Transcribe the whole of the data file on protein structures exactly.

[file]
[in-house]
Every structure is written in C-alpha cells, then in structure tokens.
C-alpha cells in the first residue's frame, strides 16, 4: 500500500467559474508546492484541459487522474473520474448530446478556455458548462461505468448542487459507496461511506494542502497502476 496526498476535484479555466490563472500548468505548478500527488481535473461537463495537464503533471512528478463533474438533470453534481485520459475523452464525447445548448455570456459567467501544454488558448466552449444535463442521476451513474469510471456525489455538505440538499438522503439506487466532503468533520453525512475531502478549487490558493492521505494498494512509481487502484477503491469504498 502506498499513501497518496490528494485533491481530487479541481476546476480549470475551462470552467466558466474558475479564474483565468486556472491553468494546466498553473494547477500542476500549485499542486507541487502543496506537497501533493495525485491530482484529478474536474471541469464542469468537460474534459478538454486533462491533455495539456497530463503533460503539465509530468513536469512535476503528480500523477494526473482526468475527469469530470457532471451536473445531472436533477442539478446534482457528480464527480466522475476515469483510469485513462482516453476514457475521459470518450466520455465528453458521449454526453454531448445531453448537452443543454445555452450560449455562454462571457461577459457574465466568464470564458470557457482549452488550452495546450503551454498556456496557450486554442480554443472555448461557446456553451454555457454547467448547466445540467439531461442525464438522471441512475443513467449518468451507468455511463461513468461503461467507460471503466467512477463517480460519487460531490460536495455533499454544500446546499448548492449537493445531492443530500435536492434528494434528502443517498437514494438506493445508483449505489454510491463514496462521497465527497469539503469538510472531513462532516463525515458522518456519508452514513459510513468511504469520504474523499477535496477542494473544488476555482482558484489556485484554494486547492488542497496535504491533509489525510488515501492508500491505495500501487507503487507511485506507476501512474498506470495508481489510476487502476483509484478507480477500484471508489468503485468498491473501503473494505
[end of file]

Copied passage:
[in-house]
Every structure is written in C-alpha cells, then in structure tokens.
C-alpha cells in the first residue's frame, strides 16, 4: 500500500467559474508546492484541459487522474473520474448530446478556455458548462461505468448542487459507496461511506494542502497502476 496526498476535484479555466490563472500548468505548478500527488481535473461537463495537464503533471512528478463533474438533470453534481485520459475523452464525447445548448455570456459567467501544454488558448466552449444535463442521476451513474469510471456525489455538505440538499438522503439506487466532503468533520453525512475531502478549487490558493492521505494498494512509481487502484477503491469504498 502506498499513501497518496490528494485533491481530487479541481476546476480549470475551462470552467466558466474558475479564474483565468486556472491553468494546466498553473494547477500542476500549485499542486507541487502543496506537497501533493495525485491530482484529478474536474471541469464542469468537460474534459478538454486533462491533455495539456497530463503533460503539465509530468513536469512535476503528480500523477494526473482526468475527469469530470457532471451536473445531472436533477442539478446534482457528480464527480466522475476515469483510469485513462482516453476514457475521459470518450466520455465528453458521449454526453454531448445531453448537452443543454445555452450560449455562454462571457461577459457574465466568464470564458470557457482549452488550452495546450503551454498556456496557450486554442480554443472555448461557446456553451454555457454547467448547466445540467439531461442525464438522471441512475443513467449518468451507468455511463461513468461503461467507460471503466467512477463517480460519487460531490460536495455533499454544500446546499448548492449537493445531492443530500435536492434528494434528502443517498437514494438506493445508483449505489454510491463514496462521497465527497469539503469538510472531513462532516463525515458522518456519508452514513459510513468511504469520504474523499477535496477542494473544488476555482482558484489556485484554494486547492488542497496535504491533509489525510488515501492508500491505495500501487507503487507511485506507476501512474498506470495508481489510476487502476483509484478507480477500484471508489468503485468498491473501503473494505